issue in the BMW 320i in 2003, due to the H gearbox, however, the
modern transmission in today’s GT race cars and the now established
centrifugal clutch opened up new possibilities. This was initially
tested in the BMW M6 GT3 and then given its first acid test, which it
passed with flying colours when Zanardi made a guest appearance in the
DTM at the wheel of the BMW M4 DTM at Misano in August 2018. All of
this was leading up to one goal: Zanardi’s start in the BMW M8 GTE at
the 24 Hours of Daytona.
The brake pedal was replaced by a brake lever, which Zanardi pushes
forward with his right arm. This is mounted on the transmission tunnel
and connected to the brake. Zanardi accelerates using a throttle ring
on the steering wheel, which he predominantly operates with his left
hand. He can change gear using a shift paddle on the steering wheel.
At the same time, a switch is also attached to the brake lever, with
which he can shift down through the gears when braking into corners.
Thanks to the hand braking system in the BMW M8 GTE, the physical
problems Zanardi has struggled with in the past are no longer an
issue. “If the regulations allowed it, I could do a 24-hour race on my
own now,” he says, chuckling. “I am really comfortable in the car
without my artificial legs. It is obviously a little bit more
complicated, because I have so much to do with my arms and hands – but
from a physical point of view it is like chalk and cheese.”
Passion is the key.
From the initial drafts in 2003 to the hand braking system in the BMW
M8 GTE – development never stands still in the Zanardi project. For
the Italian, being able to drive a GT race car without his prostheses
is like “winning the race”. However, Zanardi is keen to stress that
none of this would have been possible without the tireless efforts of
the BMW M Motorsport engineers: “It obviously takes skill and effort –
but above all that, you need passion. When the engineers are taking
their work back home with them to their families, that shows how
passionate they are. What we have here is the result of an enormous
amount of commitment and passion, coupled with immense expertise.”
The hand braking system in the BMW M8 GTE also opens “a new
dimension,” he emphasised. “BMW has introduced another real innovation
with this. This system also works for others. Anyone who is unable to
use their legs but has two arms could drive this car.”
When he wanted to race again after his crash, he was met with great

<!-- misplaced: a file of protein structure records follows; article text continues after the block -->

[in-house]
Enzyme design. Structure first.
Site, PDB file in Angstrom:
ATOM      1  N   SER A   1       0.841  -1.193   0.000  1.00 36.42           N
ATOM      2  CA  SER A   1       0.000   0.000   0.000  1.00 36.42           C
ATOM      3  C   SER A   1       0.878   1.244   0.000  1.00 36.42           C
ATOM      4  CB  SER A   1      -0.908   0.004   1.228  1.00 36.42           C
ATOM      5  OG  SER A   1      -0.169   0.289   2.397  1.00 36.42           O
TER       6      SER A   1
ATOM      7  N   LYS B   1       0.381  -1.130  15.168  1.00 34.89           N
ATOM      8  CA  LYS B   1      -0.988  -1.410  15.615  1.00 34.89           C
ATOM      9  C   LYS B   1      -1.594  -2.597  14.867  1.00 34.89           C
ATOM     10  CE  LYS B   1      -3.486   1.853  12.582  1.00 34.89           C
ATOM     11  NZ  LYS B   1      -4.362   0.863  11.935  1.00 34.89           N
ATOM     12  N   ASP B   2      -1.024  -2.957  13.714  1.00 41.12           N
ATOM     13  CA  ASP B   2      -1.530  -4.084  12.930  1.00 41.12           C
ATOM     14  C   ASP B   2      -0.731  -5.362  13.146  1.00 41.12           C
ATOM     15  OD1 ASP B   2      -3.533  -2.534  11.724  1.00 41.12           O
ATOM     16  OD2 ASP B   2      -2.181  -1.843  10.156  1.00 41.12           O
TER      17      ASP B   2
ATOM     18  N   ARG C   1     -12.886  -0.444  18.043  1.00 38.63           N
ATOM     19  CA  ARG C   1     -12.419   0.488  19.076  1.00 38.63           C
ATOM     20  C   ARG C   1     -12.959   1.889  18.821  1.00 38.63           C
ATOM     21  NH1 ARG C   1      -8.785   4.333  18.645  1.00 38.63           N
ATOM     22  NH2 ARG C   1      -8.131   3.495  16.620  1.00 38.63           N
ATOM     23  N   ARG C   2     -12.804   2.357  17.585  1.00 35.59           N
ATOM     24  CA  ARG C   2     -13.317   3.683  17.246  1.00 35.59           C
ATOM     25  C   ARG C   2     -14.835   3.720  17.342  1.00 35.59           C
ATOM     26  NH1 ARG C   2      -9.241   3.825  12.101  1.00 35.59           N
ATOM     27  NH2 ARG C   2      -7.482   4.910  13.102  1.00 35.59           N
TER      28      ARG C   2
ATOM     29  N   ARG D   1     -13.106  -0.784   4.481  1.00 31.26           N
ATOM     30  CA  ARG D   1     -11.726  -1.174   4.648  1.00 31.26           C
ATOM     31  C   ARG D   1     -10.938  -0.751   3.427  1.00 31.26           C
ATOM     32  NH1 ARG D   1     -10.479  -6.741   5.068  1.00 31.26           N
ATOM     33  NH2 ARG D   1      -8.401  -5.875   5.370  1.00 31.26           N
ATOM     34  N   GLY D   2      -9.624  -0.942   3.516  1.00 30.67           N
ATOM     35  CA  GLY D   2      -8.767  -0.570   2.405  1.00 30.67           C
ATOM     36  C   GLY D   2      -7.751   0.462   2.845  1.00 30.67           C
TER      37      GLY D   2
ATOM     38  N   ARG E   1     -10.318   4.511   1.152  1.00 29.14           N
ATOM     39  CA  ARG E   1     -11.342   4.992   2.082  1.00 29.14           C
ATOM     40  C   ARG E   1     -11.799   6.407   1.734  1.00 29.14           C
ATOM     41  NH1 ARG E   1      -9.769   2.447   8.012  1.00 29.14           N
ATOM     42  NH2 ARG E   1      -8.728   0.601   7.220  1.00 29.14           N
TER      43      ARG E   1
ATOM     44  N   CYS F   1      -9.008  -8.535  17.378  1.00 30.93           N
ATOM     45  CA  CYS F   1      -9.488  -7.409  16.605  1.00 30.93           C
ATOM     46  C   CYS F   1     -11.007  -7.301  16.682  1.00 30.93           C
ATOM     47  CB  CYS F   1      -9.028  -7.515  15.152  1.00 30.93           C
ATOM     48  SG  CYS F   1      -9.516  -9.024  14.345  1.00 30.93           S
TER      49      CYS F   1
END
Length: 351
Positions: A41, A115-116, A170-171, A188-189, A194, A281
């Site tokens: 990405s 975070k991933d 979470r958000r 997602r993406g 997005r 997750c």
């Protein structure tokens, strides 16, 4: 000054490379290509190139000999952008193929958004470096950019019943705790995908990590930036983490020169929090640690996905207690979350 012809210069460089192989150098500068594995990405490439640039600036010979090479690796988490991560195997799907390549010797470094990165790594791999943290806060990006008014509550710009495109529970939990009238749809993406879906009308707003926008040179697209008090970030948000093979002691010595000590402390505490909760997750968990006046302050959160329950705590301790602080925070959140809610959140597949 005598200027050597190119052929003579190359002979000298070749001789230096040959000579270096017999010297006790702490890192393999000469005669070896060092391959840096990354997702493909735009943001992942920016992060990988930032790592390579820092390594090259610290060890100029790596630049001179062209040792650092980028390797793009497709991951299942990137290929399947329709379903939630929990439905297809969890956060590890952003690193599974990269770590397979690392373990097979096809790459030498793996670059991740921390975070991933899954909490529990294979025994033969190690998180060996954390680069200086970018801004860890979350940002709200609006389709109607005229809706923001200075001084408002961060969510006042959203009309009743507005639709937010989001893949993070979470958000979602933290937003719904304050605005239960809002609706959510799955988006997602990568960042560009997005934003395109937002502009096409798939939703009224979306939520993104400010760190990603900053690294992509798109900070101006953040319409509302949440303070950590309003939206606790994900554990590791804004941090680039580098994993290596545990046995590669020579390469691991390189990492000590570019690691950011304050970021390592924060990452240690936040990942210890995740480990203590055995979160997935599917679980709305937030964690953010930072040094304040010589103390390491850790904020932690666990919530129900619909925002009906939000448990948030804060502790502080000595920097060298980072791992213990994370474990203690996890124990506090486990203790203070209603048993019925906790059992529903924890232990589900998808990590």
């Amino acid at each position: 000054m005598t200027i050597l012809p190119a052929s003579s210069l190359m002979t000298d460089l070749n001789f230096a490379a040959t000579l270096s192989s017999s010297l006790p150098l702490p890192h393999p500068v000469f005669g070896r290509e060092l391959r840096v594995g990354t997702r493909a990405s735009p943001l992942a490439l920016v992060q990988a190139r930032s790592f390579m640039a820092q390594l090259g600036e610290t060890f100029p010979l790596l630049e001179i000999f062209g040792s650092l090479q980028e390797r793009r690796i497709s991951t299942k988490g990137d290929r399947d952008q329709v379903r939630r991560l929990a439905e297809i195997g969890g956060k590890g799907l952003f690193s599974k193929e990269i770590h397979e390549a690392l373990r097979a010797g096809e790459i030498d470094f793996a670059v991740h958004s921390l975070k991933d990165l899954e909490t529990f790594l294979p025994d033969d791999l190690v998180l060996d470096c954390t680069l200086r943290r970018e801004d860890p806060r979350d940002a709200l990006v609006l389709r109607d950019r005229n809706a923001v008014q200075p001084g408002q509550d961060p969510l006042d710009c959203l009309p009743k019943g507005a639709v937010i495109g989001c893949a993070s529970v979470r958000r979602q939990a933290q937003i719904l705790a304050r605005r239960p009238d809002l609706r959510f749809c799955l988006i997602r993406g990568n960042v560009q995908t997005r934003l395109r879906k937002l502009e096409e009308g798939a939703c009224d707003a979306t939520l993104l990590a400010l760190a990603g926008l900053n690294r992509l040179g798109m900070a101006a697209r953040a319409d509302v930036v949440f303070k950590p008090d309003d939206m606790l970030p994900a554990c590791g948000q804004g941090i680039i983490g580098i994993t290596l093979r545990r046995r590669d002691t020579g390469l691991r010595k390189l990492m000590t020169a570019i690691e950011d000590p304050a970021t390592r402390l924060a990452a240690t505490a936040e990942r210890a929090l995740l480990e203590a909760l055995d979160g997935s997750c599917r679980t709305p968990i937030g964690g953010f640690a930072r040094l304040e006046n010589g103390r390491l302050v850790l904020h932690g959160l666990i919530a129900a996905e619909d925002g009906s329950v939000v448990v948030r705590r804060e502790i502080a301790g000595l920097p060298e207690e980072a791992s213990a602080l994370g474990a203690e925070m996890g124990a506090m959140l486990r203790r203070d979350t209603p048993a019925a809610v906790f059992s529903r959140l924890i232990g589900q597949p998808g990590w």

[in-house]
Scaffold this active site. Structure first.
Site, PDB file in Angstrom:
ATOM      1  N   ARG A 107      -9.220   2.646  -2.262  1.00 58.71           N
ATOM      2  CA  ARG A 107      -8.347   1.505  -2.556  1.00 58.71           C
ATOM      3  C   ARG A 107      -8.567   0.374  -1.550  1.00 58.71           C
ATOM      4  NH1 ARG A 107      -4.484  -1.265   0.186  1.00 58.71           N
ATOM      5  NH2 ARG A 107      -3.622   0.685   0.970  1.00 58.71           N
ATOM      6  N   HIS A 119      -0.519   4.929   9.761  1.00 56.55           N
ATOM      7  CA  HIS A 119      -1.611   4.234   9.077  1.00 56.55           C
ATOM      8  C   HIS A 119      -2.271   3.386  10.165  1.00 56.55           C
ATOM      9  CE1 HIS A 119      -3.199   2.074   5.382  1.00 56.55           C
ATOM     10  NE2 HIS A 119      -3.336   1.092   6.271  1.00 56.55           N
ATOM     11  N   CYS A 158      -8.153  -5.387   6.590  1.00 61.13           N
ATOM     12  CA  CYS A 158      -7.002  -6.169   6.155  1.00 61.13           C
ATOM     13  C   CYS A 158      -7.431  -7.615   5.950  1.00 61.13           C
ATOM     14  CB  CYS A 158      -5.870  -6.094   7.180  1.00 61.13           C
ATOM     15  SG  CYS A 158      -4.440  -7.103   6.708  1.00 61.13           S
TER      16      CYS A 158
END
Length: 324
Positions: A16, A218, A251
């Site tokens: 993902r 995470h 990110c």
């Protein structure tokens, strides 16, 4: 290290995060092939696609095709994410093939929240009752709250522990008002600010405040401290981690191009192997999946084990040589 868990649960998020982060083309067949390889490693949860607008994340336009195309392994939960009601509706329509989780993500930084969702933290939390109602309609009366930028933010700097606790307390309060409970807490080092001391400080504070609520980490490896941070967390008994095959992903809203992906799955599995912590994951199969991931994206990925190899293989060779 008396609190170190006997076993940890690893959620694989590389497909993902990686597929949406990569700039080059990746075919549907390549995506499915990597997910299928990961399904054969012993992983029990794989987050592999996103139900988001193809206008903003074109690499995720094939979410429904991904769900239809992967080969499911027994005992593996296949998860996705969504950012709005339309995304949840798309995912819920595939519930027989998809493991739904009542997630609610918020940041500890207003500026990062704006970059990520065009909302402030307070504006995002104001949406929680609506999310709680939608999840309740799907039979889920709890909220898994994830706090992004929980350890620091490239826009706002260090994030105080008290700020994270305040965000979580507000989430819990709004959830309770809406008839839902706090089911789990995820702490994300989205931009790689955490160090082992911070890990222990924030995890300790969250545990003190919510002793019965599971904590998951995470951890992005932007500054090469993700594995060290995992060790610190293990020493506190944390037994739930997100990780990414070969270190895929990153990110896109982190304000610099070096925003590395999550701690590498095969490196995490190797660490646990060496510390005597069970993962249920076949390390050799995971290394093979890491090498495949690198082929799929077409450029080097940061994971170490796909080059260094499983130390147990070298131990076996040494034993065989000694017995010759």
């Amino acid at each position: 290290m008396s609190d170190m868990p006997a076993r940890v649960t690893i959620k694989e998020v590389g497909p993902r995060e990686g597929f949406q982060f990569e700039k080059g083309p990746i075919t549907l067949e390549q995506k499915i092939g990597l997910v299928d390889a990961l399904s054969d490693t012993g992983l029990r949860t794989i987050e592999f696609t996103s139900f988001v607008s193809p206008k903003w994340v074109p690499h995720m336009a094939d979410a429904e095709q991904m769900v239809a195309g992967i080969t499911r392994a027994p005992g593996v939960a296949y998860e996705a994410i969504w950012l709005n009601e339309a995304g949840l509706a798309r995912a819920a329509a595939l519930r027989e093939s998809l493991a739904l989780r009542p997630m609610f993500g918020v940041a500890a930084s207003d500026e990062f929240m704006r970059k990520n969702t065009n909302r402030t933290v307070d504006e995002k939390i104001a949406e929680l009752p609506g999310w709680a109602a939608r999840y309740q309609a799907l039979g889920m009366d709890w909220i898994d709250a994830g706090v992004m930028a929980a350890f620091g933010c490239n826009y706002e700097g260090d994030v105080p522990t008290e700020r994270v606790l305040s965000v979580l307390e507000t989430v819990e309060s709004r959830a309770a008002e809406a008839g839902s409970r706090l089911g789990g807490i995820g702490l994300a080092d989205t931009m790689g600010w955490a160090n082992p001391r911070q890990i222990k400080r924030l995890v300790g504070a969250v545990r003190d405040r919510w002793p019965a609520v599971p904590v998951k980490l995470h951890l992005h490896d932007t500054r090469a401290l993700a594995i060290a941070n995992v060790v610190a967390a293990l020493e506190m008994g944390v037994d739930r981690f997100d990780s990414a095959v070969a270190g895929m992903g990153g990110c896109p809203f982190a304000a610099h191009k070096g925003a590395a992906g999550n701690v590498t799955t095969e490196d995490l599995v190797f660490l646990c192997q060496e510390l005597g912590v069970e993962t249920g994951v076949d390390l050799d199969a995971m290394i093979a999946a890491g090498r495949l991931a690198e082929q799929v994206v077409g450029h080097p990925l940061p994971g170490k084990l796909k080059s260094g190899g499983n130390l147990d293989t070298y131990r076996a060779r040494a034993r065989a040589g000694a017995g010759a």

scepticism. That would not be the case today – and Zanardi and BMW M
Motorsport have been instrumental in changing this attitude: “It has
been a long road, but I believe that what we have achieved has also
created new possibilities for others. No longer does anyone ask
whether a disabled driver can race. Take Frederic Sausset: he had both
his legs and arms amputated and still raced in the 24 Hours of Le Mans
in 2016. Or Billy Monger. The only thing people want to know nowadays
is how good a driver you are. Disabilities do not matter, as they know
that you can overcome them with special solutions.”
An overview of Alessandro Zanardi’s driving systems.
BMW 320i and BMW 320si (2003-2009): Modified brake
pedal, attached to the artificial leg; steering wheel with ring for
accelerating; gears changed using H gear lever, operated with right hand
BMW Z4 GT3 – Blancpain GT Series (2014): Modified
brake pedal, attached to the artificial leg; steering wheel with ring
for accelerating; gears changed using shift paddles on steering wheel
BMW Z4 GT3 – 24h Spa (2015): New, very thin brake
pedal added to the pedal box and inserted into the prosthetic leg like
a pin; steering wheel with ring for accelerating; gears changed using
shift paddles on steering wheel; clutch-by-wire system with clutch paddles
BMW M6 GT3 (2016): Thin brake pedal, similar to 24h
Spa; steering wheel with ring for accelerating; gears changed using
shift paddles on steering wheel; newly-developed centrifugal clutch
BMW M4 DTM and BMW M8 GTE (2018-2019): Hand-operated
brake lever for braking; steering wheel with ring for accelerating;
upshift via paddle on steering wheel, downshift via button on brake
lever, centrifugal clutch
Original Press Release